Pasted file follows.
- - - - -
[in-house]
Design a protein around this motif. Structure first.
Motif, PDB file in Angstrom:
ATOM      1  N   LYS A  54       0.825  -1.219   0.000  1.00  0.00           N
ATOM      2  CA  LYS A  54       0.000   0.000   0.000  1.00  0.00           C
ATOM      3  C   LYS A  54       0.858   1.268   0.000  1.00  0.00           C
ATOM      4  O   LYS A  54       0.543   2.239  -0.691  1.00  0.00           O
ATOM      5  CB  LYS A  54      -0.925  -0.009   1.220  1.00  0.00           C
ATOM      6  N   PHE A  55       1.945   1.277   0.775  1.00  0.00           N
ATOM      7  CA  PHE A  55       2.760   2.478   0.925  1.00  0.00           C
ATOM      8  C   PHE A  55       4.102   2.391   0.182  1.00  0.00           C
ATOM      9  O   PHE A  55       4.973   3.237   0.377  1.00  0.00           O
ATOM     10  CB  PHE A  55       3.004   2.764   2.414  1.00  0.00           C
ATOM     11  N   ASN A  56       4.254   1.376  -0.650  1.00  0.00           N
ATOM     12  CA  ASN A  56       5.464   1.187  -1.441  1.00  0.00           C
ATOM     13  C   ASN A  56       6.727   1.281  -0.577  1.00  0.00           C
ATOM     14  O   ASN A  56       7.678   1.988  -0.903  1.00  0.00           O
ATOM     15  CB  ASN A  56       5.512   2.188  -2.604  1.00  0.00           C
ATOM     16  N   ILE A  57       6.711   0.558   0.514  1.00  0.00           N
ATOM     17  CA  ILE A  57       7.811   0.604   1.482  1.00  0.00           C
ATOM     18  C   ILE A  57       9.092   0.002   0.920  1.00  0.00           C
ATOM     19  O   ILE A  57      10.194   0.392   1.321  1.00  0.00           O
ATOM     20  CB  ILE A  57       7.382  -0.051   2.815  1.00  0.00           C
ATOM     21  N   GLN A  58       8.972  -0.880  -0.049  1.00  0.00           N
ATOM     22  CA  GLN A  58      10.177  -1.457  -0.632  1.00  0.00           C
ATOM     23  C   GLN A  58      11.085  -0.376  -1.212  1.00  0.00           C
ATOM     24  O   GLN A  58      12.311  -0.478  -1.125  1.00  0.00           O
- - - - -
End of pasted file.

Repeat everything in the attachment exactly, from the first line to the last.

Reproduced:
[in-house]
Design a protein around this motif. Structure first.
Motif, PDB file in Angstrom:
ATOM      1  N   LYS A  54       0.825  -1.219   0.000  1.00  0.00           N
ATOM      2  CA  LYS A  54       0.000   0.000   0.000  1.00  0.00           C
ATOM      3  C   LYS A  54       0.858   1.268   0.000  1.00  0.00           C
ATOM      4  O   LYS A  54       0.543   2.239  -0.691  1.00  0.00           O
ATOM      5  CB  LYS A  54      -0.925  -0.009   1.220  1.00  0.00           C
ATOM      6  N   PHE A  55       1.945   1.277   0.775  1.00  0.00           N
ATOM      7  CA  PHE A  55       2.760   2.478   0.925  1.00  0.00           C
ATOM      8  C   PHE A  55       4.102   2.391   0.182  1.00  0.00           C
ATOM      9  O   PHE A  55       4.973   3.237   0.377  1.00  0.00           O
ATOM     10  CB  PHE A  55       3.004   2.764   2.414  1.00  0.00           C
ATOM     11  N   ASN A  56       4.254   1.376  -0.650  1.00  0.00           N
ATOM     12  CA  ASN A  56       5.464   1.187  -1.441  1.00  0.00           C
ATOM     13  C   ASN A  56       6.727   1.281  -0.577  1.00  0.00           C
ATOM     14  O   ASN A  56       7.678   1.988  -0.903  1.00  0.00           O
ATOM     15  CB  ASN A  56       5.512   2.188  -2.604  1.00  0.00           C
ATOM     16  N   ILE A  57       6.711   0.558   0.514  1.00  0.00           N
ATOM     17  CA  ILE A  57       7.811   0.604   1.482  1.00  0.00           C
ATOM     18  C   ILE A  57       9.092   0.002   0.920  1.00  0.00           C
ATOM     19  O   ILE A  57      10.194   0.392   1.321  1.00  0.00           O
ATOM     20  CB  ILE A  57       7.382  -0.051   2.815  1.00  0.00           C
ATOM     21  N   GLN A  58       8.972  -0.880  -0.049  1.00  0.00           N
ATOM     22  CA  GLN A  58      10.177  -1.457  -0.632  1.00  0.00           C
ATOM     23  C   GLN A  58      11.085  -0.376  -1.212  1.00  0.00           C
ATOM     24  O   GLN A  58      12.311  -0.478  -1.125  1.00  0.00           O